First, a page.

I just finished my first FJ build and thought I’d share the experience. My thinking is that some might relate.
It all started one fine day when I abruptly realized I had all this great recovery gear but nowhere to attach it to on the front end of my stock FJ. Let’s face it, Toyota provided nothing for us in that regard and the wimpy loops welded to the front of the frame are merely shipping tie-downs rated to nothing even close to the loads encountered in a recovery.
The previous sense of security I’d had in my gear, although admittedly an arrogant and foolish perception, instantly evaporated. I considered bolt on frame brackets, etc., but ultimately decided to get a good off road front bumper with recovery points and thought this would solve the problem. Besides, I wanted a brush guard and I’ve heard it’s only a matter of time before the Toyota plastic gets torn off on the trail anyway. Brackets et al won’t address this.
FJs have a considerable rake to them. It’s typical of Toyota vehicles and over time I’ve formulated the opinion that Toyota engineers did this so the vehicle could be brought to it’s maximum weight without the rear end sagging. Of course that’s pure speculation on my part but the best I can come up with. Knowing bumpers like I’ve described weigh 100+ pounds, it dawned on me that adding one would increase my rake to a ridiculous angle. Alas, some type of front end lift would be required to compensate.
I’d already intended installing a 3” lift at some point in the future so I decided to take the hit now rather than later and justifying that expense to myself by reasoning it would be cheaper in the long run to install the 3" lift now rather than installing a front end solution only to discard it later on when I eventually installed the lift.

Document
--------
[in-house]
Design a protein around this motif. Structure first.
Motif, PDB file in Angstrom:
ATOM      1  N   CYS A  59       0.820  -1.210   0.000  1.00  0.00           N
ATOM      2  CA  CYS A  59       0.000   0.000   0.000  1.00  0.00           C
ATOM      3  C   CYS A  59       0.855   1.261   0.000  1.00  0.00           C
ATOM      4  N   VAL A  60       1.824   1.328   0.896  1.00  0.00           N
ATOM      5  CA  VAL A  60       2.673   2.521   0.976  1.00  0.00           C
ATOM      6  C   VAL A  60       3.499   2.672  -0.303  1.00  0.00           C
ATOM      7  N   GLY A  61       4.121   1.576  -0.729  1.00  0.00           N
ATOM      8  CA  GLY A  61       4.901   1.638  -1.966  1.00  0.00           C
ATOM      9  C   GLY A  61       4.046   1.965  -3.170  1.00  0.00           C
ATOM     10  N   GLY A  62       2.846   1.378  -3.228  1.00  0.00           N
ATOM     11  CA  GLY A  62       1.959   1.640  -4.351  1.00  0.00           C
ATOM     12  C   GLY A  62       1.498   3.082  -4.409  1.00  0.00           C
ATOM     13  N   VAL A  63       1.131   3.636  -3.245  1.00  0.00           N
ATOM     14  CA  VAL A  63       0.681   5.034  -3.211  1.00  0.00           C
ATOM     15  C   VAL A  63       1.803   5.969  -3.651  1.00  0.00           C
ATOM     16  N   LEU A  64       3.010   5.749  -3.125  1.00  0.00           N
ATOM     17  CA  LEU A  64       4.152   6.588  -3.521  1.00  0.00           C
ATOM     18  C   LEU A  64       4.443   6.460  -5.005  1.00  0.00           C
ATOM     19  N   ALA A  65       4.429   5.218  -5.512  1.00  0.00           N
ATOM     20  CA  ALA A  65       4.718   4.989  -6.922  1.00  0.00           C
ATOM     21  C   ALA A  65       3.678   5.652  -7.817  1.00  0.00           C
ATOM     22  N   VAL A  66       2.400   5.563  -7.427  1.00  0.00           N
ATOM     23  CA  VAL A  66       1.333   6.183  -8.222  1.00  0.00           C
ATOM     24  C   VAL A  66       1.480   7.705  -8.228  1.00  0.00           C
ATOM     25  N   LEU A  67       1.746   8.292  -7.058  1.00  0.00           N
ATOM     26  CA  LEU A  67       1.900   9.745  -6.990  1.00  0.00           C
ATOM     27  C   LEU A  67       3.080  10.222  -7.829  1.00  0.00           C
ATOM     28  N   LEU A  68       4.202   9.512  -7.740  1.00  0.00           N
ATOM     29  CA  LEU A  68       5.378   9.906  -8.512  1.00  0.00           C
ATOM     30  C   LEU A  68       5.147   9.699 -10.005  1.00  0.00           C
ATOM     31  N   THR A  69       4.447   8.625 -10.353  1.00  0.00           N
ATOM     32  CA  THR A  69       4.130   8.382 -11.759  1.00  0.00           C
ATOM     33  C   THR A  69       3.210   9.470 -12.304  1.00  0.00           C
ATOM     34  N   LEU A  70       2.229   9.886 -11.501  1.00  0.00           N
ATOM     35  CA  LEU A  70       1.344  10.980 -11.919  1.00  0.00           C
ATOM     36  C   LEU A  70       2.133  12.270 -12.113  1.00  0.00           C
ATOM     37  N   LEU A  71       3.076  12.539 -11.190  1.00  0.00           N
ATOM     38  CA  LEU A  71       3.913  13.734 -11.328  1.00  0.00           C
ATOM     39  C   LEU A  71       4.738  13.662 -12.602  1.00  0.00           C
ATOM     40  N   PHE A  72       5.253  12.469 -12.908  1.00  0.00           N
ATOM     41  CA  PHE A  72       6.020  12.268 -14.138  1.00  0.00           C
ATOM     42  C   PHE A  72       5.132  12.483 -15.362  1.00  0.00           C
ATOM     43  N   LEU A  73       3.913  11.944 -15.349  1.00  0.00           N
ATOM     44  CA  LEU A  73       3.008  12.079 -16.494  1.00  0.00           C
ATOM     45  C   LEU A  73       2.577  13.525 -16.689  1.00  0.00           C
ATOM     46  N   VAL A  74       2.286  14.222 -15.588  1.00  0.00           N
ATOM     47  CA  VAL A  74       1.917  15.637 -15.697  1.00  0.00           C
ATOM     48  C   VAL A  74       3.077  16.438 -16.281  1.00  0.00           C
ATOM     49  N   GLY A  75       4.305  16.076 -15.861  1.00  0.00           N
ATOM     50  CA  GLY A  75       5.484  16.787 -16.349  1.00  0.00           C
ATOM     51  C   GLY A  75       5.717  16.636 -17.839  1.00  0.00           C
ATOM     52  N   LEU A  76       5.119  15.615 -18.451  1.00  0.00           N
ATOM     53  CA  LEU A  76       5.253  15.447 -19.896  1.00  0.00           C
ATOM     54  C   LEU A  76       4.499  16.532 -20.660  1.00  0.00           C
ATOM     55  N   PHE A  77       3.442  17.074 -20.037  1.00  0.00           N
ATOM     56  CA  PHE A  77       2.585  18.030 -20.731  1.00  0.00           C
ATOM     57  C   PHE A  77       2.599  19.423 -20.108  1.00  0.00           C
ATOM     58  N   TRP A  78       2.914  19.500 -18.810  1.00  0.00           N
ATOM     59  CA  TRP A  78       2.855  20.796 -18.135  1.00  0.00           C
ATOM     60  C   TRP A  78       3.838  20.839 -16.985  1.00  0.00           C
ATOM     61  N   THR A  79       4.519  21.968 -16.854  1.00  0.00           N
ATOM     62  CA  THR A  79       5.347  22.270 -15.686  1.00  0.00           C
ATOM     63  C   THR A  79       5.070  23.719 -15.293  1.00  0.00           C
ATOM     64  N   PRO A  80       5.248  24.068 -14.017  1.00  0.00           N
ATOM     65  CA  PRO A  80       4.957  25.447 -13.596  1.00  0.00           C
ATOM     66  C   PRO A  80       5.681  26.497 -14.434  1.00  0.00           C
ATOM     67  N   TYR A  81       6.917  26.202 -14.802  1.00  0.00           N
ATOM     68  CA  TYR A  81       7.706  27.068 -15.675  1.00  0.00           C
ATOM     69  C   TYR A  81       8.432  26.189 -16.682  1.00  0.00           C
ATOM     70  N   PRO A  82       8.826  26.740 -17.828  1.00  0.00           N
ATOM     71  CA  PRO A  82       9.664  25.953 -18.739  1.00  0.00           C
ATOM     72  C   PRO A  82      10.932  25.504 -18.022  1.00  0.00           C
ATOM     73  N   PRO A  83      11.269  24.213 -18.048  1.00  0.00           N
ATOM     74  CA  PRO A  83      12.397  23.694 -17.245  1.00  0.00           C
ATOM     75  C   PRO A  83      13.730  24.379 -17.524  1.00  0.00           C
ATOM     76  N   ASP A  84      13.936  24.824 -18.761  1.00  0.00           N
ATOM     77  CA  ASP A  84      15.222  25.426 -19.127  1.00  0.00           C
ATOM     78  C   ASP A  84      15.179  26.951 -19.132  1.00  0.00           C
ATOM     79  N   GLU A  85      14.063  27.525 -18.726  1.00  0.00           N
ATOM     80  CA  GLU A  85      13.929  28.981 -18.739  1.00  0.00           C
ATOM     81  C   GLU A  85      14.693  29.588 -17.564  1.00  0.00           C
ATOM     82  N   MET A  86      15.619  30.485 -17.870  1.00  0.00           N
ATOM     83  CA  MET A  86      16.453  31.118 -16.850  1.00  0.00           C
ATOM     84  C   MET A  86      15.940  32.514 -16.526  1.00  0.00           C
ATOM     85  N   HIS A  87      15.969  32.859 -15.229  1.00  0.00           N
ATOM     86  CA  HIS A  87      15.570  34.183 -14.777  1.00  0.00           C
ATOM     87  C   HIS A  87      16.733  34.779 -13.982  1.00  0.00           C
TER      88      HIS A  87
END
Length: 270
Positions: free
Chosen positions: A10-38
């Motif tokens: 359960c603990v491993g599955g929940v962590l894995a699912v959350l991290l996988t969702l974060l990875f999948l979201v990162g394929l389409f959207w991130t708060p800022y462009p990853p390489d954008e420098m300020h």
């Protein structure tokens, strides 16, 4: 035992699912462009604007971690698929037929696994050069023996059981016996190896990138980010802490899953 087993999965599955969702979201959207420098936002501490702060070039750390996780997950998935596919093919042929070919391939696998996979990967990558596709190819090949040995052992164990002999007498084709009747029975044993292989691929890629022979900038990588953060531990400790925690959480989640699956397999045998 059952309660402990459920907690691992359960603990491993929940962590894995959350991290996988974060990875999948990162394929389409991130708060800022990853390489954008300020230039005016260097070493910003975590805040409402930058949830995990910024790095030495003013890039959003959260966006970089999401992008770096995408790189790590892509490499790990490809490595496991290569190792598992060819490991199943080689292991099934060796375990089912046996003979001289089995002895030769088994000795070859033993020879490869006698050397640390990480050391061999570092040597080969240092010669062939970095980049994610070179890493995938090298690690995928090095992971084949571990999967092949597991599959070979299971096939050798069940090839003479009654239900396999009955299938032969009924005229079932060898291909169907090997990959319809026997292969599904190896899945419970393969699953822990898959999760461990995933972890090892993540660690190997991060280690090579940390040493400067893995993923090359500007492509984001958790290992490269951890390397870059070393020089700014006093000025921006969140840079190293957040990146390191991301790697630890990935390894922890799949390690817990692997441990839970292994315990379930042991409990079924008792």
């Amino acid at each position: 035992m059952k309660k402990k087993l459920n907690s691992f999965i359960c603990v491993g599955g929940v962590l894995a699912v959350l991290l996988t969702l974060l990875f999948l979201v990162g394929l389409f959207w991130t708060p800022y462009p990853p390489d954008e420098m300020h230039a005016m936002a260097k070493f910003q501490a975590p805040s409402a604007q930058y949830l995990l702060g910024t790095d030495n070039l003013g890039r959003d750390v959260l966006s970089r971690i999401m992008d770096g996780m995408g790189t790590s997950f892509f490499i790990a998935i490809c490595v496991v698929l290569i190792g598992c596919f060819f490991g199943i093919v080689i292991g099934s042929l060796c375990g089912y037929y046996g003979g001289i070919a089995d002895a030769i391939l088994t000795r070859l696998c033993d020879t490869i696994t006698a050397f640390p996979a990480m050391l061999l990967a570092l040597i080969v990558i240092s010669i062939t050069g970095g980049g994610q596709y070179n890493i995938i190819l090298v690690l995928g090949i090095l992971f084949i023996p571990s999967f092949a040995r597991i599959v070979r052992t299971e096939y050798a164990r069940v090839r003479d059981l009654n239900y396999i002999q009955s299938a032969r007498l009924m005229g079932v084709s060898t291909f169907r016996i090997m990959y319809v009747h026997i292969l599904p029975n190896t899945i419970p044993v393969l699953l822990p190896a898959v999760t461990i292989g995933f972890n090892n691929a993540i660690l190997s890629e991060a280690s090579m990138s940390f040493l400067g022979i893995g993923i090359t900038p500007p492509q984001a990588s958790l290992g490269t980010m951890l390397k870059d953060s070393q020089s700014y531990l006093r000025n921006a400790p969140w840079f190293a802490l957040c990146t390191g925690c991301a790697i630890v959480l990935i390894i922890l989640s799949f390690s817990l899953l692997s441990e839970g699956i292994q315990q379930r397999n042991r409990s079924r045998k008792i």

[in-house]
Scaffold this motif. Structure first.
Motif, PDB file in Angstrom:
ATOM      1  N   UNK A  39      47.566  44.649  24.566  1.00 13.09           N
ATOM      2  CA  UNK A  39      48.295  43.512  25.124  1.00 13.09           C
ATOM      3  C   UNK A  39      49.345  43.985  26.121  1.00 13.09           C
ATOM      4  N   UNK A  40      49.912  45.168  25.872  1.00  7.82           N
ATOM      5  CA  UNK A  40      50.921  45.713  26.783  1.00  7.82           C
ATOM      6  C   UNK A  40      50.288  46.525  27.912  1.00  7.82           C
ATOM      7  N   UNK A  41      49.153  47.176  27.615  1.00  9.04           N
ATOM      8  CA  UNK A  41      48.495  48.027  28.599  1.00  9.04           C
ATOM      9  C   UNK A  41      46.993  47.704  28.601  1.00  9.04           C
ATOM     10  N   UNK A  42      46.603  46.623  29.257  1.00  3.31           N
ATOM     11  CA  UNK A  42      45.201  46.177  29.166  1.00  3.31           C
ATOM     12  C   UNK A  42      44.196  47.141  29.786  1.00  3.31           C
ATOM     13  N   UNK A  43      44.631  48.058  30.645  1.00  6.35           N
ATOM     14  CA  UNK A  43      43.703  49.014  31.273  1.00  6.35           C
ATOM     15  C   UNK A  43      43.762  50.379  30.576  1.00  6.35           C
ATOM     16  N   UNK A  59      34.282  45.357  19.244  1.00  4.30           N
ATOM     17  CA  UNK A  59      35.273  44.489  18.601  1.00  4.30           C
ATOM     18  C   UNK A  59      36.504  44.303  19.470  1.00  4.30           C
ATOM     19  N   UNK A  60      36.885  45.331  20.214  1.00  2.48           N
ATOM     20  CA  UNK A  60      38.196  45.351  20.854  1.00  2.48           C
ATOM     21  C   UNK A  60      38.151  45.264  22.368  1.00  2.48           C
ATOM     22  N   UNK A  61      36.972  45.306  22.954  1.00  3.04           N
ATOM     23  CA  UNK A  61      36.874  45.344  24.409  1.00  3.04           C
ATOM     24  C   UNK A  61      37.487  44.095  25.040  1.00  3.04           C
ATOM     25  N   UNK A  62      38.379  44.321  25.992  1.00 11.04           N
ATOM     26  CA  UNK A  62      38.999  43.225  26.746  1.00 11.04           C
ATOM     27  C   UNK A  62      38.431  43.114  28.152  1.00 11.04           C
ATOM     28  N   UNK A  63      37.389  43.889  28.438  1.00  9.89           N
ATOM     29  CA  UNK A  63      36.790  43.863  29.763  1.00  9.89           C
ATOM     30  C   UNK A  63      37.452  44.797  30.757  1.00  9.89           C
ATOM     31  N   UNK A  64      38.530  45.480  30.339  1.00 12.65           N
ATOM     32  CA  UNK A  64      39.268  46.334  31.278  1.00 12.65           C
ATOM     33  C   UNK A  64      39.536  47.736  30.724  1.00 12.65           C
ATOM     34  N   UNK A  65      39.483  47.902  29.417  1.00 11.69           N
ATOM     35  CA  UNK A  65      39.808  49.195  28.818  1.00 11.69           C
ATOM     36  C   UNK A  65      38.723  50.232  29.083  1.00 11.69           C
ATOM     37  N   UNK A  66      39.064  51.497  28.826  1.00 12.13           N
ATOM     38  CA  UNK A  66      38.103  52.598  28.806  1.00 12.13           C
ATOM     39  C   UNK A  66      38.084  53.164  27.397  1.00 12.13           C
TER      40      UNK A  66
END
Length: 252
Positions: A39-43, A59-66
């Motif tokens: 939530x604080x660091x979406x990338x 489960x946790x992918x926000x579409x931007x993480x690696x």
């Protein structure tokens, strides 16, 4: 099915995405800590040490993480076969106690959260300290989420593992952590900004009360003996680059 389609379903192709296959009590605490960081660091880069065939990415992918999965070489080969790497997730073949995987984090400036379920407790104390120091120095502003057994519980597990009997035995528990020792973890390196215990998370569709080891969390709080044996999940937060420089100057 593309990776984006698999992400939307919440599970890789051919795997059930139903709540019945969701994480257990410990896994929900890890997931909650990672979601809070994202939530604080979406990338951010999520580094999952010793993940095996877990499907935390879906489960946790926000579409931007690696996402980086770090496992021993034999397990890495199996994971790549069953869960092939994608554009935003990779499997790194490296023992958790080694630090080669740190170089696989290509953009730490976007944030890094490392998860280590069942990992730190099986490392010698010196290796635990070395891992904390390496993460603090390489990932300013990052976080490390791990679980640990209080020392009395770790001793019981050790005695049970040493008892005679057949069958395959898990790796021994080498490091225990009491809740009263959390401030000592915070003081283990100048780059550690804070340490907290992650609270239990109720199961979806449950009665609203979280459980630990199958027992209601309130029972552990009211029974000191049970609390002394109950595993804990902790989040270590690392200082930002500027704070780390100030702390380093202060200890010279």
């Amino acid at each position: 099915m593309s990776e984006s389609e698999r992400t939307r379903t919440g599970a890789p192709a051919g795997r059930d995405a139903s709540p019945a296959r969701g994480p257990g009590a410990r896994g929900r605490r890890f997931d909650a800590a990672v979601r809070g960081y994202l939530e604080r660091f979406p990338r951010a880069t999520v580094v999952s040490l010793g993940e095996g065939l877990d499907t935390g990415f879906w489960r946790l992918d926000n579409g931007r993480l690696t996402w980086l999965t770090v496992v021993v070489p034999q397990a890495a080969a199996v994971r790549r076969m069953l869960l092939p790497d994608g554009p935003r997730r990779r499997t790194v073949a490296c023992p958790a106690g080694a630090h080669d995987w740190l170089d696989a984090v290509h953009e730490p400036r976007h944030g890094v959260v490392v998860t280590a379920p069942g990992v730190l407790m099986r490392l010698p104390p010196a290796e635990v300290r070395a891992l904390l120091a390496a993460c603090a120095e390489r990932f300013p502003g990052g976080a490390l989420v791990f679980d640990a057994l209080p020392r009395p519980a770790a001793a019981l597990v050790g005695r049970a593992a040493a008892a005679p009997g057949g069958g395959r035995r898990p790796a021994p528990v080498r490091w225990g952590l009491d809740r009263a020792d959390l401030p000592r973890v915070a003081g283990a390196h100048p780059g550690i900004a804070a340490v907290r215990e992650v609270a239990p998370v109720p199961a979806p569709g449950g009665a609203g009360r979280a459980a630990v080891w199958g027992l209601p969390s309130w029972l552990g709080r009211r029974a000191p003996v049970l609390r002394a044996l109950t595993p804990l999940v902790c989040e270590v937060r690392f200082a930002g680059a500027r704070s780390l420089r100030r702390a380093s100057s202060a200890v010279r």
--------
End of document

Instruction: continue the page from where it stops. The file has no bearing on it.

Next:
This is the precise moment the lid on my precariously bulging can of worms suddenly burst open. Suspension lifts come in quite a variety of configurations based not only on how the vehicle is being used and the type of duty it will see, but in good part on how much weight has been, or is being, added to the forward and aft ends of the vehicle. "Oh, crap", I said as the implications flooded over me. Only, I didn’t say crap.
I said crap a few more times for good measure.
There were a number of things I was planning on adding to my rig in the future and they all added significant mass. My wallet shuddered. Once again, the little red guy with the pitchfork on my shoulder argued that it would be ultimately cheaper in the long run to get all these interrelated things taken care of now rather than in stages. And you know what? The little bastard wearing the white gown, halo and wings on my other shoulder didn’t say a word. Dilemma solved.
The decision making process of a madman is a wonder to behold. But I digress.
Which lift I would install was simple: 3” OME. The various shock and coil options I would need to choose would be determined by the rest of the equipment I was adding so that would sort itself out. I’d planned on eventually including a rear bumper and winch, so I added them to the burgeoning list. I then proceeded with my search starting with the front bumper.
I must’ve looked at hundreds of bumpers. I searched until my eyes felt like they were full of sand. I searched until my vision blurred in Pavlovian response to the mere mention of the word “bumper”. I wouldn’t wish the experience on anyone. In case you're wondering, there are a couple things I personally don’t like about the ARB bumpers hence my long search to find something comparable. Don’t get me wrong, I think they’re fantastic bumpers. They’re just not for me.
I eventually settled on a Warrior bumper. Ironically, I initially crossed it off the list because the bottom edge of the brush guard appeared to interfere ever so slightly with the top edge of the headlights. I’m not interested in anything that diminishes the performance of something else, especially head lights.